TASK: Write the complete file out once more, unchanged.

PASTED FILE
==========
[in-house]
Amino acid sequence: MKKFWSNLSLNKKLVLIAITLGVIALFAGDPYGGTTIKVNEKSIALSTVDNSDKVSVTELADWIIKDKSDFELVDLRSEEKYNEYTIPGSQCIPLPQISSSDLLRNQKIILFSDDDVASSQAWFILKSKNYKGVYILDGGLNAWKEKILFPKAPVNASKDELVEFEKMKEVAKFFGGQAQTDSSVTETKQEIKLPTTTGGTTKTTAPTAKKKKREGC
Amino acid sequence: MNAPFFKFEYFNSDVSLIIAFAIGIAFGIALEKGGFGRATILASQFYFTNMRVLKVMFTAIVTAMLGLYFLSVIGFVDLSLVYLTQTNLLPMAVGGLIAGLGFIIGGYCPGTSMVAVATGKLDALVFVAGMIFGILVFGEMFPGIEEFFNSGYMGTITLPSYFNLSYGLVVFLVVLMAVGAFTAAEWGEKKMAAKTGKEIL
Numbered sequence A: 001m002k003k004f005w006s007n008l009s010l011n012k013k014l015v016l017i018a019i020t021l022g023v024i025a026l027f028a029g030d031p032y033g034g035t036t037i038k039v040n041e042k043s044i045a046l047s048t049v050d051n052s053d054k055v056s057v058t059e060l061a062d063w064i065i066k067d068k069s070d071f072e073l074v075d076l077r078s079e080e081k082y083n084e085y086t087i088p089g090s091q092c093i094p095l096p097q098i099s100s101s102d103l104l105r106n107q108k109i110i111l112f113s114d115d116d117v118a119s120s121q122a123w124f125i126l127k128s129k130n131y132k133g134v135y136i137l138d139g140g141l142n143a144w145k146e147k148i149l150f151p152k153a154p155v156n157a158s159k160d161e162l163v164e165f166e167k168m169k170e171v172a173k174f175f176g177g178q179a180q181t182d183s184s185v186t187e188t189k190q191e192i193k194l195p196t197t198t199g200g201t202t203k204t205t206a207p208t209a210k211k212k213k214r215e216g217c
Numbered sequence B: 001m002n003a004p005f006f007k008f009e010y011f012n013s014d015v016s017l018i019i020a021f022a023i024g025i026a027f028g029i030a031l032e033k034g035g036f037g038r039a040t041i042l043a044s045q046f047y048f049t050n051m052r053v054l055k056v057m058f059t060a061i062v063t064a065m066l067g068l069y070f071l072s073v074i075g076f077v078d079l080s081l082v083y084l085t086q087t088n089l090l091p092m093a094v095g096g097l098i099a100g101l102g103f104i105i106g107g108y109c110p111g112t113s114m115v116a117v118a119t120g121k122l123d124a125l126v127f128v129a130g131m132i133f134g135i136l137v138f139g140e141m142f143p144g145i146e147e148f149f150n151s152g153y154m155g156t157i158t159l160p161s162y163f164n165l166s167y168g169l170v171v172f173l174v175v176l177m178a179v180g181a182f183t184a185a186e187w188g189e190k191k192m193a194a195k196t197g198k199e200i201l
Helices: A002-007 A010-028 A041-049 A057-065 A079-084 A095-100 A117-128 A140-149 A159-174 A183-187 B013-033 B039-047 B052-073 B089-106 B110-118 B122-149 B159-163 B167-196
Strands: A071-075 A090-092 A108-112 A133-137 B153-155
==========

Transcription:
[in-house]
Amino acid sequence: MKKFWSNLSLNKKLVLIAITLGVIALFAGDPYGGTTIKVNEKSIALSTVDNSDKVSVTELADWIIKDKSDFELVDLRSEEKYNEYTIPGSQCIPLPQISSSDLLRNQKIILFSDDDVASSQAWFILKSKNYKGVYILDGGLNAWKEKILFPKAPVNASKDELVEFEKMKEVAKFFGGQAQTDSSVTETKQEIKLPTTTGGTTKTTAPTAKKKKREGC
Amino acid sequence: MNAPFFKFEYFNSDVSLIIAFAIGIAFGIALEKGGFGRATILASQFYFTNMRVLKVMFTAIVTAMLGLYFLSVIGFVDLSLVYLTQTNLLPMAVGGLIAGLGFIIGGYCPGTSMVAVATGKLDALVFVAGMIFGILVFGEMFPGIEEFFNSGYMGTITLPSYFNLSYGLVVFLVVLMAVGAFTAAEWGEKKMAAKTGKEIL
Numbered sequence A: 001m002k003k004f005w006s007n008l009s010l011n012k013k014l015v016l017i018a019i020t021l022g023v024i025a026l027f028a029g030d031p032y033g034g035t036t037i038k039v040n041e042k043s044i045a046l047s048t049v050d051n052s053d054k055v056s057v058t059e060l061a062d063w064i065i066k067d068k069s070d071f072e073l074v075d076l077r078s079e080e081k082y083n084e085y086t087i088p089g090s091q092c093i094p095l096p097q098i099s100s101s102d103l104l105r106n107q108k109i110i111l112f113s114d115d116d117v118a119s120s121q122a123w124f125i126l127k128s129k130n131y132k133g134v135y136i137l138d139g140g141l142n143a144w145k146e147k148i149l150f151p152k153a154p155v156n157a158s159k160d161e162l163v164e165f166e167k168m169k170e171v172a173k174f175f176g177g178q179a180q181t182d183s184s185v186t187e188t189k190q191e192i193k194l195p196t197t198t199g200g201t202t203k204t205t206a207p208t209a210k211k212k213k214r215e216g217c
Numbered sequence B: 001m002n003a004p005f006f007k008f009e010y011f012n013s014d015v016s017l018i019i020a021f022a023i024g025i026a027f028g029i030a031l032e033k034g035g036f037g038r039a040t041i042l043a044s045q046f047y048f049t050n051m052r053v054l055k056v057m058f059t060a061i062v063t064a065m066l067g068l069y070f071l072s073v074i075g076f077v078d079l080s081l082v083y084l085t086q087t088n089l090l091p092m093a094v095g096g097l098i099a100g101l102g103f104i105i106g107g108y109c110p111g112t113s114m115v116a117v118a119t120g121k122l123d124a125l126v127f128v129a130g131m132i133f134g135i136l137v138f139g140e141m142f143p144g145i146e147e148f149f150n151s152g153y154m155g156t157i158t159l160p161s162y163f164n165l166s167y168g169l170v171v172f173l174v175v176l177m178a179v180g181a182f183t184a185a186e187w188g189e190k191k192m193a194a195k196t197g198k199e200i201l
Helices: A002-007 A010-028 A041-049 A057-065 A079-084 A095-100 A117-128 A140-149 A159-174 A183-187 B013-033 B039-047 B052-073 B089-106 B110-118 B122-149 B159-163 B167-196
Strands: A071-075 A090-092 A108-112 A133-137 B153-155